Are you a business professional looking for a convenient way to learn CPR for your job? Or are you a parent looking to learn CPR to handle a family emergency situation? Whatever the case, our fast online courses take the hassle out of learning and make it possible for anyone to get certified in CPR.
Our courses are accepted nationwide (and even outside the United States as well), so whether you’re in Boston, Brockton or anywhere else in the state you can learn CPR on your own schedule and your own time.
Based on both AHA and Red Cross guidelines, you’ll learn current theory and techniques in an easy-to-understand format and presentation style. We put special emphasis on making the training material long enough to cover the material in a complete way but not so long that you drown in small details.
It goes without saying how important knowledge of CPR is in an emergency situation. In spite of that many people have put off learning it because old fashioned courses require 4 hours of in person classroom training and nobody ever wants to spend time doing that.
We get rid of that hassle with true, 100% online convenience!
See our 3 steps process:
Get your results as soon as you finish the exam. If you pass you’ll get a virtual card that you can print for confirmation. If not, you can study the training material where necessary and retake the exam when you have time. Don’t worry – free retakes are included with each course we offer.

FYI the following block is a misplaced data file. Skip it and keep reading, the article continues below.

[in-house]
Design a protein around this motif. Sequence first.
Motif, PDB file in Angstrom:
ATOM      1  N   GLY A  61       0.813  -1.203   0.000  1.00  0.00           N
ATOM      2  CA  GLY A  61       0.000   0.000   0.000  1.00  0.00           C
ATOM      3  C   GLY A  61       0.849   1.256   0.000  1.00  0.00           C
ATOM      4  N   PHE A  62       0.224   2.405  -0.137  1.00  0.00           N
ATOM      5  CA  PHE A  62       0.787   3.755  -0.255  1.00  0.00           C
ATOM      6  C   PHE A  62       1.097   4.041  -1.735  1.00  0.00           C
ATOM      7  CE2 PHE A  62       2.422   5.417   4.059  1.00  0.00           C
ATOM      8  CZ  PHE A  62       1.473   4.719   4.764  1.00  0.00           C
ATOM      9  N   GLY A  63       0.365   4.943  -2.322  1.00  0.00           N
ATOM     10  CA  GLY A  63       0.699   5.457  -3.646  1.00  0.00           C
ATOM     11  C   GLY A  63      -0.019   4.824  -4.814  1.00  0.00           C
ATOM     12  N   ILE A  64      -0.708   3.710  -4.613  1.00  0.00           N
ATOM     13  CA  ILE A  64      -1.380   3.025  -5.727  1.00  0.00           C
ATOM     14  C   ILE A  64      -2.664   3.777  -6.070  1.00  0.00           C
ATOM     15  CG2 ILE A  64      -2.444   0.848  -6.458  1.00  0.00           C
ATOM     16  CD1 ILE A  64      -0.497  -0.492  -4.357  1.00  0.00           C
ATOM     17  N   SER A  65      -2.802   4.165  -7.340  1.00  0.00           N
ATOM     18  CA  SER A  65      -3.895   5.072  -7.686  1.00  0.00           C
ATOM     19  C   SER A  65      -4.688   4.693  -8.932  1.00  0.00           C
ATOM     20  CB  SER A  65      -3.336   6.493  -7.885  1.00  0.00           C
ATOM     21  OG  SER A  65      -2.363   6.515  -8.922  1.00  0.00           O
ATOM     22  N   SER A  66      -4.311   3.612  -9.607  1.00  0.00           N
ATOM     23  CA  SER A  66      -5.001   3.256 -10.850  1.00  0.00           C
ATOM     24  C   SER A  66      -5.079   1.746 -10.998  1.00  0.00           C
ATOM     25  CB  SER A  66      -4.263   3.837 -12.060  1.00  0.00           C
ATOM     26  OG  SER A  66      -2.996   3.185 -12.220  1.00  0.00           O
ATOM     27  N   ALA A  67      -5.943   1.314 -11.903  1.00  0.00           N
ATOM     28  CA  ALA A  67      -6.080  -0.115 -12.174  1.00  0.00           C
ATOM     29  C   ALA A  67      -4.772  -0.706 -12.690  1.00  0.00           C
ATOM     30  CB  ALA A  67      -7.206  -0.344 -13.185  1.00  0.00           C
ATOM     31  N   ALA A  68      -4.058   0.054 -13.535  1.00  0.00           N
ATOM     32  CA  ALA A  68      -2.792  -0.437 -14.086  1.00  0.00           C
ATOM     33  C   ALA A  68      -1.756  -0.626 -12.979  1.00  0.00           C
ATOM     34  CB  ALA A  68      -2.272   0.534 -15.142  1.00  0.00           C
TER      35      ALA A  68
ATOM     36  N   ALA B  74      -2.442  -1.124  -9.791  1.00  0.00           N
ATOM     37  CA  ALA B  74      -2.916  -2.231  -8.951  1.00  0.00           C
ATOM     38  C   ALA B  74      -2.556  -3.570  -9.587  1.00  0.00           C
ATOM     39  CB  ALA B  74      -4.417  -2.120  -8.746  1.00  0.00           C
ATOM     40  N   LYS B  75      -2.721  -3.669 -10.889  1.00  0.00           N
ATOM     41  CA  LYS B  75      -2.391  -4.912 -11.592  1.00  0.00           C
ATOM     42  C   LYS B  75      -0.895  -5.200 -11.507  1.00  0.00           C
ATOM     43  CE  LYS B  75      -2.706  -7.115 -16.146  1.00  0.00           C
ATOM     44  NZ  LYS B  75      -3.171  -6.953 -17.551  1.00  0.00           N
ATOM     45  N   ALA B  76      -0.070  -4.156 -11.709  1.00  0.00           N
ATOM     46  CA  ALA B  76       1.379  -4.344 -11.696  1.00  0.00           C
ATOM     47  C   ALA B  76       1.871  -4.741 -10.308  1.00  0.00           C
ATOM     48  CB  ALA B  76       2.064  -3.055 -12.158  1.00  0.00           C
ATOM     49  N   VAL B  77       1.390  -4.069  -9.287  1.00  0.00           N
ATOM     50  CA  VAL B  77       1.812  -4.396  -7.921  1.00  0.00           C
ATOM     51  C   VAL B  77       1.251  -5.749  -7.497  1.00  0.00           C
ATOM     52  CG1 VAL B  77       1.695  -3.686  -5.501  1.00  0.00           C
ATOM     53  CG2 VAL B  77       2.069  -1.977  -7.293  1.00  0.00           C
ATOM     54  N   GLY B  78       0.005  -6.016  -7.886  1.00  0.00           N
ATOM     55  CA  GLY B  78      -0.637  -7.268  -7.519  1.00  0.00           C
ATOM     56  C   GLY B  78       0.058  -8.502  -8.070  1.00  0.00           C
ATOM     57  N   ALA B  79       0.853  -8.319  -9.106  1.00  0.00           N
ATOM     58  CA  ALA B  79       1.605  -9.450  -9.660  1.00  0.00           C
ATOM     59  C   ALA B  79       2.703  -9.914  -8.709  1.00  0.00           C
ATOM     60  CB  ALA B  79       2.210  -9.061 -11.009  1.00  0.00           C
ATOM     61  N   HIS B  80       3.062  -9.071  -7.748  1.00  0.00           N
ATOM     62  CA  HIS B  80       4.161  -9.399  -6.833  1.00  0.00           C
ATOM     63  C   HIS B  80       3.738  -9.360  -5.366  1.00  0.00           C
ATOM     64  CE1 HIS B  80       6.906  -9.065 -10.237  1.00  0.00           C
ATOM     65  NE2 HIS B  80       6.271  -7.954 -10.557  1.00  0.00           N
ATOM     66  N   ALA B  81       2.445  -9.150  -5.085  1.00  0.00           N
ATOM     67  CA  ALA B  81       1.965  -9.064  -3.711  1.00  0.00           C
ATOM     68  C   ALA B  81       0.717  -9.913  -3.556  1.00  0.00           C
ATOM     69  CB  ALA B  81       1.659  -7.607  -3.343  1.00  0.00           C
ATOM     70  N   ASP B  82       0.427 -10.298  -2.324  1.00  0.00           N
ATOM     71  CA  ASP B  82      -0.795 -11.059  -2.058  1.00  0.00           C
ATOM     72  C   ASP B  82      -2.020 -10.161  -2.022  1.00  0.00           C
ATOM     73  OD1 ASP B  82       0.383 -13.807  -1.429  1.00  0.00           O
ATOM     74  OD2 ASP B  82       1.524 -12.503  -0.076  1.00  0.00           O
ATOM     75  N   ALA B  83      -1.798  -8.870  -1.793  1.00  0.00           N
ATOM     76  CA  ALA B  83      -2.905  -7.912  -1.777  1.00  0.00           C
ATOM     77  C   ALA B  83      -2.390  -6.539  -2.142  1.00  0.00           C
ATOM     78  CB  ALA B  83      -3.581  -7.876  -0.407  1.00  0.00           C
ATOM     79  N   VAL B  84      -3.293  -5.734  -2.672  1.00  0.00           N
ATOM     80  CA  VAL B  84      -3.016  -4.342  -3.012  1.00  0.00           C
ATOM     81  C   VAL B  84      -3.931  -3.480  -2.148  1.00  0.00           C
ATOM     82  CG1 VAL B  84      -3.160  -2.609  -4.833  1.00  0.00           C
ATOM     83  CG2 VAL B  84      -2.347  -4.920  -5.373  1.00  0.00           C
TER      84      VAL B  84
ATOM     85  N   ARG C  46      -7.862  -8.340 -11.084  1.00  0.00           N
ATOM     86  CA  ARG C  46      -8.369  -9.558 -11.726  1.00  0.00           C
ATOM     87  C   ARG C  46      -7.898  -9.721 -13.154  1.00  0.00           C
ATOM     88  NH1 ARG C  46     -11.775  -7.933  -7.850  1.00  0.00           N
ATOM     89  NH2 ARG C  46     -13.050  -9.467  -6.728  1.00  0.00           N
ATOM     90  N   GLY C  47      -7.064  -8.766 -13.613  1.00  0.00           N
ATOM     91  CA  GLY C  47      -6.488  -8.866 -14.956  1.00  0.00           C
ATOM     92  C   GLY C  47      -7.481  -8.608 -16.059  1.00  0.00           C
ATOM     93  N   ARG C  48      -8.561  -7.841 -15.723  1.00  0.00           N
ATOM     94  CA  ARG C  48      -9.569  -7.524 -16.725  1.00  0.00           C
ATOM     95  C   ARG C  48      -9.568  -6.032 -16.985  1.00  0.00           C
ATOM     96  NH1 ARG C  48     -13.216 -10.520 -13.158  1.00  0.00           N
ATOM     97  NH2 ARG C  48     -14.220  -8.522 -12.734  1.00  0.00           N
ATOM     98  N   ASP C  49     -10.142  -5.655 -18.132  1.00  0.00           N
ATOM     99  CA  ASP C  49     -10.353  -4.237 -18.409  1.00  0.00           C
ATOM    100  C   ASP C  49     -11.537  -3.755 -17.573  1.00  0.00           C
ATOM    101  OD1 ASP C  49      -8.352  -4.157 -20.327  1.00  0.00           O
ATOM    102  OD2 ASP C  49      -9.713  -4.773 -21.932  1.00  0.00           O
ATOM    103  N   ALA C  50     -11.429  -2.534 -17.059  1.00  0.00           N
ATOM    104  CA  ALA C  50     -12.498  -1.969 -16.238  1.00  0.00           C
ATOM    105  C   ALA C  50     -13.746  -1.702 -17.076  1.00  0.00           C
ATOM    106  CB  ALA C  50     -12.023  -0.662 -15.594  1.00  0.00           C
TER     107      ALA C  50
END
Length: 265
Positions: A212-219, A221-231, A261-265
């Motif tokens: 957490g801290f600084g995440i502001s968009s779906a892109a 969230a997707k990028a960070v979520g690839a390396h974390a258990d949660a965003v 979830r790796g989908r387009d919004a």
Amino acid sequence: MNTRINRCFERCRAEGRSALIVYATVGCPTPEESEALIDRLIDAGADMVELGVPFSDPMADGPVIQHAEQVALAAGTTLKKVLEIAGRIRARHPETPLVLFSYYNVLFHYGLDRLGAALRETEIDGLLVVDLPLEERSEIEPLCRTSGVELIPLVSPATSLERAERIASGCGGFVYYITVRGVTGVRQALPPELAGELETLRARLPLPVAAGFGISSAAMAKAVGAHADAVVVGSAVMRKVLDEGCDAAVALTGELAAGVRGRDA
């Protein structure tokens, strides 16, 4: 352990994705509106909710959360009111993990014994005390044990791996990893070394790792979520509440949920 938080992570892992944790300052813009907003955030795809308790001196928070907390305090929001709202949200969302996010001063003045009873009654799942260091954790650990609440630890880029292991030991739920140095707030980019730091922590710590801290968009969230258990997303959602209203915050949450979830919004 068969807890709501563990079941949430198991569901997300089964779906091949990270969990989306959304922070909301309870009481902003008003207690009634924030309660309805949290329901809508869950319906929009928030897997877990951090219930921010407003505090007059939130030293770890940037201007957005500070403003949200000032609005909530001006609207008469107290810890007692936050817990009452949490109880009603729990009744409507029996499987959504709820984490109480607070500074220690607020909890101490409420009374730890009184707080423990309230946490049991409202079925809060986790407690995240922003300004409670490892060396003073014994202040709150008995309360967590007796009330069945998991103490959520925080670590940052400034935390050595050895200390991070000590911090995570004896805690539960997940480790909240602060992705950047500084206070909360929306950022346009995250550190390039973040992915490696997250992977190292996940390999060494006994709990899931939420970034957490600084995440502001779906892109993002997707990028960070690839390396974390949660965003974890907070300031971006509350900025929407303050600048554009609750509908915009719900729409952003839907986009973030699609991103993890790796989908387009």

Massachusetts has one of the highest GDP per capita among all the states. To its east lies the Atlantic Ocean. Greater Boston contains about two-thirds of the population of Massachusetts. Many of the cities and towns here have names of English towns since they were originally settled by immigrants from England.
The world famous Harvard University is located in this state. Agriculture, fishing and trade were large industries in Massachusetts. Later it became a manufacturing and financial services-based economy.
The 2013 population estimate was 6.7 million per the US Census Bureau, which is a 2.2% increment over the 2010 figure. Massachusetts was the third most densely populated state in 2010. Although there has been a drain of local residents to other states due to its higher cost of living, the deficit has been more than made up by the influx of foreign immigrants.
Boston, Worcester, Springfield, Lowell, Cambridge, New Bedford, Brockton, Quincy, Lynn and Fall River